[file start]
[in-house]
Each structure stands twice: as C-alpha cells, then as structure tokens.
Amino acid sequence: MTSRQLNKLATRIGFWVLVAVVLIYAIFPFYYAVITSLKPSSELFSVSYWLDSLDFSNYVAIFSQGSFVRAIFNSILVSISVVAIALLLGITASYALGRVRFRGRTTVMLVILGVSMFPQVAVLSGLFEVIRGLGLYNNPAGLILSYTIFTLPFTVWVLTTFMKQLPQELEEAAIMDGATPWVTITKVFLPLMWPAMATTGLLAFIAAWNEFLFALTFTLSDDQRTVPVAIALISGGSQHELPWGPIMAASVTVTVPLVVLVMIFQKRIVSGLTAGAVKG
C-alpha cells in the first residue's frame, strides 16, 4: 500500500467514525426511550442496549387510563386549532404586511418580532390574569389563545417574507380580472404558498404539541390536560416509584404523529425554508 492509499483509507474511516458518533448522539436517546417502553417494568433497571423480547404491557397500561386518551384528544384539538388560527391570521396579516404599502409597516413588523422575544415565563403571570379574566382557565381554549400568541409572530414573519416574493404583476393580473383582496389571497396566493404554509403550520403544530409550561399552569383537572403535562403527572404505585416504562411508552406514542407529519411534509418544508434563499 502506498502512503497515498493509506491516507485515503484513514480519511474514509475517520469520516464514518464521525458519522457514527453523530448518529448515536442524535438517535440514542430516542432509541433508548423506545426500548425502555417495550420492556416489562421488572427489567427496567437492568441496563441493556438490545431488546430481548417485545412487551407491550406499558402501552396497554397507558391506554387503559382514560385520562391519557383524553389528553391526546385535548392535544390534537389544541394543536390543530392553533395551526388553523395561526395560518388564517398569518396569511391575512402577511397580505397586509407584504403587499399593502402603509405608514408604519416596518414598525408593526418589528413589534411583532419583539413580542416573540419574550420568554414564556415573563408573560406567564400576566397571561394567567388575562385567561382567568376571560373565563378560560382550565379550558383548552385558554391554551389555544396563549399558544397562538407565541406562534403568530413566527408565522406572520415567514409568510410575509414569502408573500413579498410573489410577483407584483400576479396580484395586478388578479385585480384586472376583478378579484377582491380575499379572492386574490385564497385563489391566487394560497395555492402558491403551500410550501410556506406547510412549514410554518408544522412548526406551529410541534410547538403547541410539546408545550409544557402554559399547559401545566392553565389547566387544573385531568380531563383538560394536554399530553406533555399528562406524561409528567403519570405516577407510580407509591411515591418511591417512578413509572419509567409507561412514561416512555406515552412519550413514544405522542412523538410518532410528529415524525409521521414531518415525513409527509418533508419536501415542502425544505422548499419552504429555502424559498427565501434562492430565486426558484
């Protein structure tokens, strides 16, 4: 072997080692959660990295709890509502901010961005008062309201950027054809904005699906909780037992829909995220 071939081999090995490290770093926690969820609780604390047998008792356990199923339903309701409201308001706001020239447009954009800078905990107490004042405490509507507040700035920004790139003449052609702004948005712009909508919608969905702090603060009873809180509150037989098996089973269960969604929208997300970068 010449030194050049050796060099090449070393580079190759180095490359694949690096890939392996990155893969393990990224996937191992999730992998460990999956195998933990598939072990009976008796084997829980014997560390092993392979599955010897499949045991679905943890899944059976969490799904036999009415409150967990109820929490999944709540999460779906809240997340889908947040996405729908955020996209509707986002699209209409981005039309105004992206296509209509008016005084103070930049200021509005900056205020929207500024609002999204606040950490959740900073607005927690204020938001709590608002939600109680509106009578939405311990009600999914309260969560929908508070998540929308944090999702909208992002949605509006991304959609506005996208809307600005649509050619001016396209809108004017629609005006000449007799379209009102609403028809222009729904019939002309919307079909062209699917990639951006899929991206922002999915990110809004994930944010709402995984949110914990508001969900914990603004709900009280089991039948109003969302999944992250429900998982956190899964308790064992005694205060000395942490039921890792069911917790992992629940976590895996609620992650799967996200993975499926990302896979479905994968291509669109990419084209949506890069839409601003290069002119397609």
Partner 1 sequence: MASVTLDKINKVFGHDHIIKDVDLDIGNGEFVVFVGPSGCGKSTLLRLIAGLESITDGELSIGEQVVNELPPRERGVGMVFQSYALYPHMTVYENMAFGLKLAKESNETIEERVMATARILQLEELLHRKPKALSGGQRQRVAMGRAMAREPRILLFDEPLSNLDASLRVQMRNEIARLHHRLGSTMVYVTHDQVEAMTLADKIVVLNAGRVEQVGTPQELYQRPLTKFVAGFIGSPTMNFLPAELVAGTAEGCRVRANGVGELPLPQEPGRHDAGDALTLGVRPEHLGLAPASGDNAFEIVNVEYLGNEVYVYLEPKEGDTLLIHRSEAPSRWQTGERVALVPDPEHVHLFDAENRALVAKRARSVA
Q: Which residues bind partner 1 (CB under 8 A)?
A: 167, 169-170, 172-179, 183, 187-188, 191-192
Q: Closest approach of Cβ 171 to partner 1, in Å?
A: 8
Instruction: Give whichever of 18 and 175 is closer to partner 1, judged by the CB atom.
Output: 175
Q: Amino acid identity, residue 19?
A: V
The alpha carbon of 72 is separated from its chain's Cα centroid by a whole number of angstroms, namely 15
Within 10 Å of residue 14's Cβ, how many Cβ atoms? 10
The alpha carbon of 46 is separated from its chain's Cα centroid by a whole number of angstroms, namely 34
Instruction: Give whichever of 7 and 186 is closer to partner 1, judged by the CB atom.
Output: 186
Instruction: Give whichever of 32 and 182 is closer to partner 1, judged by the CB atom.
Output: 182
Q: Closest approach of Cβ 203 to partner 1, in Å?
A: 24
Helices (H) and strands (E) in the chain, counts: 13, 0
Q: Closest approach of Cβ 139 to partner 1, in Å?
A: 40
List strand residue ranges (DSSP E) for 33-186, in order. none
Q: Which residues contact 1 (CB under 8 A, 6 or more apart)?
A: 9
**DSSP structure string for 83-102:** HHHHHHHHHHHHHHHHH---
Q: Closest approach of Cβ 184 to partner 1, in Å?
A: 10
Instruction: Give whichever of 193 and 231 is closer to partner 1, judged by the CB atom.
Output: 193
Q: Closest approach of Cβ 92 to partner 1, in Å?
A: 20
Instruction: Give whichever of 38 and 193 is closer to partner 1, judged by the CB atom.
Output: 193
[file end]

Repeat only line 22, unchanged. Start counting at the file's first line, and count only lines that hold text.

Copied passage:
Q: Closest approach of Cβ 203 to partner 1, in Å?